• Voluntary liquidation of a corporate person other than a company: Note that sub-section (2) of section 59 requires the Board to specify procedures and conditions for voluntary liquidation of corporate persons, while sub-section (3) provides some detailing as regards voluntary liquidation of a company. Regulation 2 of the VL Regulations lay down similar criteria (as under sub-section (3) of section 59) to be met in case of voluntary liquidation of a corporate person other than a company.
  • “Special majority” of partners – Section 59 requires special resolution of the shareholders for voluntarily liquidating the company in some cases – sub-section (3) (c) (i); and the regulations, in respect of a corporate person other than a company, requires special majority of partners/contributories. Though the meaning of the term “special resolution” can be easily deciphered from the Companies Act, 2013; however, what constitutes “special majority” of partners/contributories has not been defined under the VL Regulations.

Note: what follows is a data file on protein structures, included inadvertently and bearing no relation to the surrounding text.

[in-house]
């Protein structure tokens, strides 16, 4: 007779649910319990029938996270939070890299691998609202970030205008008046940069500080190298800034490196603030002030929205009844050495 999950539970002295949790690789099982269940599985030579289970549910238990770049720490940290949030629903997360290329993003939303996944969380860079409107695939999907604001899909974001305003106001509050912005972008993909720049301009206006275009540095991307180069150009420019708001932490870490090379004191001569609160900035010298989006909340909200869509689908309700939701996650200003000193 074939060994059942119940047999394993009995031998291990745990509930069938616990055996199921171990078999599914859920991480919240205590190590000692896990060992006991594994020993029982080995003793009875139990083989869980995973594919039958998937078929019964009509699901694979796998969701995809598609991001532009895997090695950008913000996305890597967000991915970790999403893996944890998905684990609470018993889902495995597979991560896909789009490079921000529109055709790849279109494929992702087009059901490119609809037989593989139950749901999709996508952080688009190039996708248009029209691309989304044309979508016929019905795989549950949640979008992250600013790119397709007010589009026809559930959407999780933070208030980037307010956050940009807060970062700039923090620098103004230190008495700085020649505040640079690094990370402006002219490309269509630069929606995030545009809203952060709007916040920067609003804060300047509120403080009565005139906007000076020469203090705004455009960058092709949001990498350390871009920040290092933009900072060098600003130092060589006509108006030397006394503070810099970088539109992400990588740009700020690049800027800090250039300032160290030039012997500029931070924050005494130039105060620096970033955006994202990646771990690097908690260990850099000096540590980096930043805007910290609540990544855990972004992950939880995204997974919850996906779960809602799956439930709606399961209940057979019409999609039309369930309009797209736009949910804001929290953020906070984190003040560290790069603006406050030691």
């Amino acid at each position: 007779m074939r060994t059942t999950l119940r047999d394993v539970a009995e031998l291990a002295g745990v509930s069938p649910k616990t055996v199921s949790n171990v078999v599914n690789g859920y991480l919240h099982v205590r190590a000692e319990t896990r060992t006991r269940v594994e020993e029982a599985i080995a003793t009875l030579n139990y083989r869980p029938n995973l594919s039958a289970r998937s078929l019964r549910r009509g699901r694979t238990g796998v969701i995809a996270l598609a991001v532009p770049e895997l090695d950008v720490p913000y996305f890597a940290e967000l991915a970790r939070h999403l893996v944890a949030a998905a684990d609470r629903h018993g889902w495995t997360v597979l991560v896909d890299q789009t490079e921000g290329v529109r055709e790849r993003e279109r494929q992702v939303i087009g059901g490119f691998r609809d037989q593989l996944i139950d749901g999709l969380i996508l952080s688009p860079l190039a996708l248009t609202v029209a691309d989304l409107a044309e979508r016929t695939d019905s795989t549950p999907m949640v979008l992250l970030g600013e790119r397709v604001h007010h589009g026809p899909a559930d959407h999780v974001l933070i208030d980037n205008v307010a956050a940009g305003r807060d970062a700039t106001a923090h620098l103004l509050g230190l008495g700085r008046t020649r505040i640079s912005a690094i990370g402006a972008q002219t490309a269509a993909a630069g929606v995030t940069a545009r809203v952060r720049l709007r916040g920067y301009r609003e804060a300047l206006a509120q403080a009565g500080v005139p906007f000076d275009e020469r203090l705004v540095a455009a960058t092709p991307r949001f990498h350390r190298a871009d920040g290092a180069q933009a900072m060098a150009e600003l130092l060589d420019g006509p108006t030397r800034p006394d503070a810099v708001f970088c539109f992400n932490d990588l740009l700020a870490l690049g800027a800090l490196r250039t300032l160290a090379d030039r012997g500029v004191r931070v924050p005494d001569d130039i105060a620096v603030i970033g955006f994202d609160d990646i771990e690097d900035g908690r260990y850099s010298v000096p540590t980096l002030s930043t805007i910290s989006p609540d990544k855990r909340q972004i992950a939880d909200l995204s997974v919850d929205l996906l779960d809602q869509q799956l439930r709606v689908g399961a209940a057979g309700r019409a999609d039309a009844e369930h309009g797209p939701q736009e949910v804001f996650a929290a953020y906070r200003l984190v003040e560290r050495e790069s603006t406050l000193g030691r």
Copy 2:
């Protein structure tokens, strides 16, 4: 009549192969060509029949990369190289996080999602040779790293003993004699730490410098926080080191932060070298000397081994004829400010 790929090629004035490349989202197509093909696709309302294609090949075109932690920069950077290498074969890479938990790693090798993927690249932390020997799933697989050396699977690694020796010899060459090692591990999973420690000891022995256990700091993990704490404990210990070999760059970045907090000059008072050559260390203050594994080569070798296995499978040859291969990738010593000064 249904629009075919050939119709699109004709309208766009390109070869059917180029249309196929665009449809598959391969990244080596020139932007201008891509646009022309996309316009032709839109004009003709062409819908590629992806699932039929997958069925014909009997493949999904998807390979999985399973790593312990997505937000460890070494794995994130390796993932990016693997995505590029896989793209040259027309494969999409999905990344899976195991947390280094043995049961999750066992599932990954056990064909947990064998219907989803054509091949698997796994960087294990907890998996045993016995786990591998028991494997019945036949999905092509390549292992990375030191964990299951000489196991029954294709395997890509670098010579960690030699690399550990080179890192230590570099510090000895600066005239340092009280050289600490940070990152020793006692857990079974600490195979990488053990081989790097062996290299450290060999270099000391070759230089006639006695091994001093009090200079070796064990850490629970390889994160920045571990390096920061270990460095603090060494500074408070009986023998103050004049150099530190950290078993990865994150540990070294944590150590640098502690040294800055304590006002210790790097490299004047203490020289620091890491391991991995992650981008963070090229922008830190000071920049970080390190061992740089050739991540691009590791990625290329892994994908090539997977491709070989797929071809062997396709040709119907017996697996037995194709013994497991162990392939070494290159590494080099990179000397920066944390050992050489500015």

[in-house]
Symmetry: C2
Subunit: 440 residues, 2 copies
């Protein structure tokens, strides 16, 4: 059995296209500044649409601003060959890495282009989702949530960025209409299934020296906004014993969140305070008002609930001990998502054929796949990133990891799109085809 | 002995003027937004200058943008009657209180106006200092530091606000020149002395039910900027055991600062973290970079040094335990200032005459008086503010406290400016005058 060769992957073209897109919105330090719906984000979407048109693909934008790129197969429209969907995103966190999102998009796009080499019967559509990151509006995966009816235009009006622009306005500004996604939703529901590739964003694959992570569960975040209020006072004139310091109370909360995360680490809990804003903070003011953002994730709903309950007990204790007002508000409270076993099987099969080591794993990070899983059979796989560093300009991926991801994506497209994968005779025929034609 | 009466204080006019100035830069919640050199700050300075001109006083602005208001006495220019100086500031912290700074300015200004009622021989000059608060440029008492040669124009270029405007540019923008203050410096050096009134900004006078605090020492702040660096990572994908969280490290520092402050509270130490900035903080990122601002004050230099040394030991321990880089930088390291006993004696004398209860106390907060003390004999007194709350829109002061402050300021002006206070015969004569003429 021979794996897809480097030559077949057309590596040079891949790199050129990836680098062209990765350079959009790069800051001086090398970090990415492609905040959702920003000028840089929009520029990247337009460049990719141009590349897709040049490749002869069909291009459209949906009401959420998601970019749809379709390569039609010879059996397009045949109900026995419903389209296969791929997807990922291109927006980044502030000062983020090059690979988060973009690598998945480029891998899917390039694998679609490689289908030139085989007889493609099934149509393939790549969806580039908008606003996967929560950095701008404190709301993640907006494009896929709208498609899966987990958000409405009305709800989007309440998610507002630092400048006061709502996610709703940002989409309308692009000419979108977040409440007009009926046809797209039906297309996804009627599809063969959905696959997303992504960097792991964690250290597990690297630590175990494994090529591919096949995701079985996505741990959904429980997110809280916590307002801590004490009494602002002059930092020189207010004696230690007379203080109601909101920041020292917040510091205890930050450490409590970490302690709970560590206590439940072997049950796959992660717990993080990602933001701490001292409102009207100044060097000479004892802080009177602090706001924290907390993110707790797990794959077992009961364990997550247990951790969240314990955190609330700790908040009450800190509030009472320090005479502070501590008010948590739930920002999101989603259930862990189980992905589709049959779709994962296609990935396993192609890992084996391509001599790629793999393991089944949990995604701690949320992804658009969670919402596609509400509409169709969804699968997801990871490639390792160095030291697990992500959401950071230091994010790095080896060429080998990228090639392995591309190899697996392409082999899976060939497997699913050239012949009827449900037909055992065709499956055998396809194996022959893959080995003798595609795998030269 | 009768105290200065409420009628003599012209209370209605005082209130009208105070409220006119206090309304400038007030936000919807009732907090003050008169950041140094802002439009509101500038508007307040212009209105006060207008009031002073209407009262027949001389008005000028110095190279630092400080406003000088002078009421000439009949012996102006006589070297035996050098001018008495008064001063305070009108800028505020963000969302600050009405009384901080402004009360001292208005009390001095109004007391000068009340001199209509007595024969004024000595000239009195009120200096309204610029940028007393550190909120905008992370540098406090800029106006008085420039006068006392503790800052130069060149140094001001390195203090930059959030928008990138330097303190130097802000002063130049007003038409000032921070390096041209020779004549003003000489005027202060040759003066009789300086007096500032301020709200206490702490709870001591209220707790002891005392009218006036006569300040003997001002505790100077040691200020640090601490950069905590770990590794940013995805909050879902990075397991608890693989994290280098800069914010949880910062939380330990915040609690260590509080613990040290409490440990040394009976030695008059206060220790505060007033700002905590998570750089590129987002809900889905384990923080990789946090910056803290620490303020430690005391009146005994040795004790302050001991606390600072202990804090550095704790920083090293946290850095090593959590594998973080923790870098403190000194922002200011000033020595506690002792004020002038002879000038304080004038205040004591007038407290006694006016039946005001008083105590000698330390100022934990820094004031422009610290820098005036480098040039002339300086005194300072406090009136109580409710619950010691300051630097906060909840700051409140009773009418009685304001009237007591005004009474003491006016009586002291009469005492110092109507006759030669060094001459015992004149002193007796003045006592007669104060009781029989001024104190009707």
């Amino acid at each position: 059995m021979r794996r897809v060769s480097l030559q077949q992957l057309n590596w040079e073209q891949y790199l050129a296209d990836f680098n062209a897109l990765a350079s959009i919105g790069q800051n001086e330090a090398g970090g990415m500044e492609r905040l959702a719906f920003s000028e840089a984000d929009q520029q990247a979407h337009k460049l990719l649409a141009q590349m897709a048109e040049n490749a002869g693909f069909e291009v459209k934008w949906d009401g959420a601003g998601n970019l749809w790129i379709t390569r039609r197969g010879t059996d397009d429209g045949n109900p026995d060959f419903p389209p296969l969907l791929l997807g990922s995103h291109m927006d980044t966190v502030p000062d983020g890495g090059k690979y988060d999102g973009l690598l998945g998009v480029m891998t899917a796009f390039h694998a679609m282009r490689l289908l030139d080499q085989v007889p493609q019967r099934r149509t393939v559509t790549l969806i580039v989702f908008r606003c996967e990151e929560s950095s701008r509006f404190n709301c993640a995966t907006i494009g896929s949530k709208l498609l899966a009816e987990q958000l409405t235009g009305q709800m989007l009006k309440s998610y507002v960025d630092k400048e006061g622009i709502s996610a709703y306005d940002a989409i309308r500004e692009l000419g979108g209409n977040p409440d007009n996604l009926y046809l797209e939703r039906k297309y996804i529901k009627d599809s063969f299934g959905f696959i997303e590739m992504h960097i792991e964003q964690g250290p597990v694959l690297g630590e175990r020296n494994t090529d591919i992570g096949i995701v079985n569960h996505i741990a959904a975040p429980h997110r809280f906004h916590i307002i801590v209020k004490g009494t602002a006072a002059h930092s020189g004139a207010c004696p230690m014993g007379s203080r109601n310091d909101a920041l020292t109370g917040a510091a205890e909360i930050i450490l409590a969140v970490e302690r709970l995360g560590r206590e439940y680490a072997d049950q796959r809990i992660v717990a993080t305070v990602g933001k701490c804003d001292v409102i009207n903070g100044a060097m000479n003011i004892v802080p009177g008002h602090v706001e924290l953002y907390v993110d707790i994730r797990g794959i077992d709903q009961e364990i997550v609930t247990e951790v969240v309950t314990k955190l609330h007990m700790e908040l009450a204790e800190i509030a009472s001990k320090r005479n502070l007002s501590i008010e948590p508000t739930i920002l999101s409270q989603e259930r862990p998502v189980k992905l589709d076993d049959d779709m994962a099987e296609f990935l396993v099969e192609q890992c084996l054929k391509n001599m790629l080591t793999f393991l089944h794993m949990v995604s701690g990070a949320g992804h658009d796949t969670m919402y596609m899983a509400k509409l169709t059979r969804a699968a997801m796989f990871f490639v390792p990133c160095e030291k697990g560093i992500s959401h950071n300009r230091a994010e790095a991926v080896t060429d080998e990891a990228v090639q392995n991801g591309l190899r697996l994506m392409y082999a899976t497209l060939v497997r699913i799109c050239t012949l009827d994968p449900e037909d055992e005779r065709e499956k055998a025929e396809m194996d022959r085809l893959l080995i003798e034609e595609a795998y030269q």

• Approval of creditors – Creditors’ approval is also a requirement for the commencement of voluntary liquidation proceedings. It is possible that the creditors refuse to approve such resolution or refuse to accept the liquidator nominated by the shareholders. Approval of creditors’ being a pre-condition in case a company owes a debt, it is opined that the only option left with the company is to move an application under section 271 of the Co Act, 2013.
  • Remuneration of the liquidator – The Code requires the shareholders to appoint an insolvency professional to act as liquidator. However, unlike the provisions relating to remuneration of the liquidator under the Liquidation Regulations, 2016, there is no prescription as to the manner in which the remuneration of the liquidator shall be determined. The Liquidation Regulations (reg. 4) allow the committee of creditors to determine the remuneration in some cases; while in other cases, the liquidator’s fee is a function of the amount realized net of other liquidation costs, the amount distributed, and the time period within which the amounts are realised and distributed. In the case of voluntary liquidator, the VL regulations require that the remuneration shall be fixed by the shareholders/partners/contributories (as the case may be) under the same resolution as passed under section 59 (3) (c) or regulation 3 (1) (c). Hence, there is no mathematical formula for computation of liquidator’s fee as in case of liquidation of insolvent companies, which is understandable.